Political year in review & outlook for 2014.

Tony Abbott is experiencing the same communication difficulties in government that he experienced in opposition – what has changed is the loss of an unpopular incumbent and an intensification of the spotlight on the Prime Minister.

Political year in review 2013.

The political landscape has shifted dramatically since last year’s September Federal election, with the new conservative government putting the prospect of a double dissolution election this year in doubt. While Mr Abbott was effective in communicating his critique of the former Labor government, his weakness in advocating his own policy, and handling criticism under pressure, was always a problem. Until now this rarely compromised the Coalition’s political performance due to the lack of scrutiny in Opposition, and the presence of a more unpopular incumbent. A series of surveys have put the government behind the ALP on two-party preferred polling, raising serious questions about the viability of the government’s strategy to force an early election over the repeal of the carbon price.

End of a manufacturing era.

Meanwhile, the recently announced collapse of Holden’s manufacturing after 2017 appears partly a result of planned cuts to Federal assistance and two microeconomic problems affecting manufacturers generally: the chronic high cost of labour, and the acute spike in the Australian dollar. Holden’s demise has been long-feared. Surprisingly, the government appears politically under-prepared for this scenario, despite subsidy cuts being long-running Coalition policy. A broad protectionist vote endures in Australia, surviving silver-tongued attempts by Paul Keating and Peter Costello to coax the public’s conversion to free trade. This group’s influence extends from manufacturing to foreign investment, Direct Action and the role of Qantas. This latest chapter is a major event in Australian political history. How the government tackles it going forward will help define its legacy.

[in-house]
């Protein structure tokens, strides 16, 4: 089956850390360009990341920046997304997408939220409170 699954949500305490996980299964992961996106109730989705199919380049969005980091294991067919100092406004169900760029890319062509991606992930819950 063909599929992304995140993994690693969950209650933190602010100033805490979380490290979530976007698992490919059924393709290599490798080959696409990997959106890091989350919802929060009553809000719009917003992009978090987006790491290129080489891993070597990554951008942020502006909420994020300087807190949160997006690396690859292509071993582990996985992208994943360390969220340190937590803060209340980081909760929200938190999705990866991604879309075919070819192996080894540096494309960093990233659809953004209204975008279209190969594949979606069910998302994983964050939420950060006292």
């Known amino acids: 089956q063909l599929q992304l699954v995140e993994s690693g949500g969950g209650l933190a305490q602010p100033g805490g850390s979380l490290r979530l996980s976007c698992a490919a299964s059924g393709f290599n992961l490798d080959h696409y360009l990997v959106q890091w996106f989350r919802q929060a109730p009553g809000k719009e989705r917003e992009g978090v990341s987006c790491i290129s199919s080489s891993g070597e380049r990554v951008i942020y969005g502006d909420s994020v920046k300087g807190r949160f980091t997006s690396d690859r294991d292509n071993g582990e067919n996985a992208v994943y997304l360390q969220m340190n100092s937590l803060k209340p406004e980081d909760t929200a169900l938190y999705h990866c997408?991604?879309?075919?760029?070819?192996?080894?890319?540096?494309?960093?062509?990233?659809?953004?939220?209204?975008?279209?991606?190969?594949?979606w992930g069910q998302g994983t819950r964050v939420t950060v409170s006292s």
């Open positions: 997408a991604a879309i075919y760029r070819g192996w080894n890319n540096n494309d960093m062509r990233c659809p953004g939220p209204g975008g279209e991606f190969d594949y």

Same-sex marriage.

The High Court’s decision to quash the ACT’s same-sex marriage laws, while disappointing for gay rights activists, is unsurprising. The Court has tended to rule in the Commonwealth’s favour. While a different result would have embarrassed the government, the decision means that same-sex marriage will not go away. Rather, the government perhaps missed an opportunity to let the issue slide off its plate. Same-sex marriage is rapidly becoming personalised in the minds of many voters as it becomes romanticised in popular culture. Expect this angle to be explored by gay rights advocates over the coming years, with accusations of “homewrecking” emerging against conservative opponents of reform. The assessment of some analysts that this issue, like the Republic, is cyclical and will fade in public importance perhaps underestimates the staying power of emotive issues compared to abstract ones such as the Republic.


Looking ahead, the government’s Tax White Paper is due this year. Crucially, the GST has been included in its scope. Given the near-consensus among economists that the GST should be either raised or applied to currently exempt items such as food, the Paper will probably recommend either one or both of these options. If the government doesn’t recover strongly in public polling before then, it will likely dismiss GST changes out of hand. Even if it does regain political momentum, the Graincorp decision suggests a risk-averse approach.

Economist Judith Sloan recently claimed that the Coalition “likes spending as much as Labor: they just like to spend on different things.” The government’s response to the upcoming Commission of Audit, which will likely recommend massive spending cuts, will put that claim to the test. Expect the government to play to its base, as all governments do, and potentially take the opportunity to cut social programs popular with the Left, partly for fiscal reasons and partly as an extension of the so-called ‘culture war’.

Budget revenues will likely only deteriorate in the near-term, with rising unemployment, deficits and debt combined with slower growth and harsh budget cuts. It turns out Labor was right; the problem was too little revenue, not just too much spending. The conversation needs to shift to what we tax, not just how much we spend.

Things become muddier on the carbon price. Failing to repeal it would be a massive blow to Abbott politically. Not even American presidents become lame ducks that quickly. But unless polling improves, a 2014 election via double dissolution could be dangerous for the government. Shorten’s strategy of opposing repeal has suddenly gone from crazy-brave to strategic coup, with the potential to psychologically cripple the government no matter what it decides to do on carbon pricing.

Watch this space and start planning your government relations.